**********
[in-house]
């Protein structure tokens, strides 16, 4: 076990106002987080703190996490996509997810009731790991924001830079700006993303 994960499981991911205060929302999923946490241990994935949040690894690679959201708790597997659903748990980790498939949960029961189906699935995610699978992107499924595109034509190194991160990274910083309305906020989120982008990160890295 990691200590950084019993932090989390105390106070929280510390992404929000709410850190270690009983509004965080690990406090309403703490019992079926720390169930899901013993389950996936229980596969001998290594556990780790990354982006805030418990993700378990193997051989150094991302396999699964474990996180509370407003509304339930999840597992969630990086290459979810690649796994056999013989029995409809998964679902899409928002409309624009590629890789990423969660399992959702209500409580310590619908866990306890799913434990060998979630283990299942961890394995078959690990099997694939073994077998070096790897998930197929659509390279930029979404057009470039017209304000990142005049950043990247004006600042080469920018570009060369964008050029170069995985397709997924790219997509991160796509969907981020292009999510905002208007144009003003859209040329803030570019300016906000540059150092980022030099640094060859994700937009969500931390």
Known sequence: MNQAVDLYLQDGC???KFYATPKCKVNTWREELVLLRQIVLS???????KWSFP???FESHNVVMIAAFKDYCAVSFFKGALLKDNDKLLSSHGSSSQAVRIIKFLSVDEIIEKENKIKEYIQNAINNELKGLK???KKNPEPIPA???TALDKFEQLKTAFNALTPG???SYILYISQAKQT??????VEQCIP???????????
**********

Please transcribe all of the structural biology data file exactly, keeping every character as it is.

[in-house]
């Protein structure tokens, strides 16, 4: 076990106002987080703190996490996509997810009731790991924001830079700006993303 994960499981991911205060929302999923946490241990994935949040690894690679959201708790597997659903748990980790498939949960029961189906699935995610699978992107499924595109034509190194991160990274910083309305906020989120982008990160890295 990691200590950084019993932090989390105390106070929280510390992404929000709410850190270690009983509004965080690990406090309403703490019992079926720390169930899901013993389950996936229980596969001998290594556990780790990354982006805030418990993700378990193997051989150094991302396999699964474990996180509370407003509304339930999840597992969630990086290459979810690649796994056999013989029995409809998964679902899409928002409309624009590629890789990423969660399992959702209500409580310590619908866990306890799913434990060998979630283990299942961890394995078959690990099997694939073994077998070096790897998930197929659509390279930029979404057009470039017209304000990142005049950043990247004006600042080469920018570009060369964008050029170069995985397709997924790219997509991160796509969907981020292009999510905002208007144009003003859209040329803030570019300016906000540059150092980022030099640094060859994700937009969500931390």
Known sequence: MNQAVDLYLQDGC???KFYATPKCKVNTWREELVLLRQIVLS???????KWSFP???FESHNVVMIAAFKDYCAVSFFKGALLKDNDKLLSSHGSSSQAVRIIKFLSVDEIIEKENKIKEYIQNAINNELKGLK???KKNPEPIPA???TALDKFEQLKTAFNALTPG???SYILYISQAKQT??????VEQCIP???????????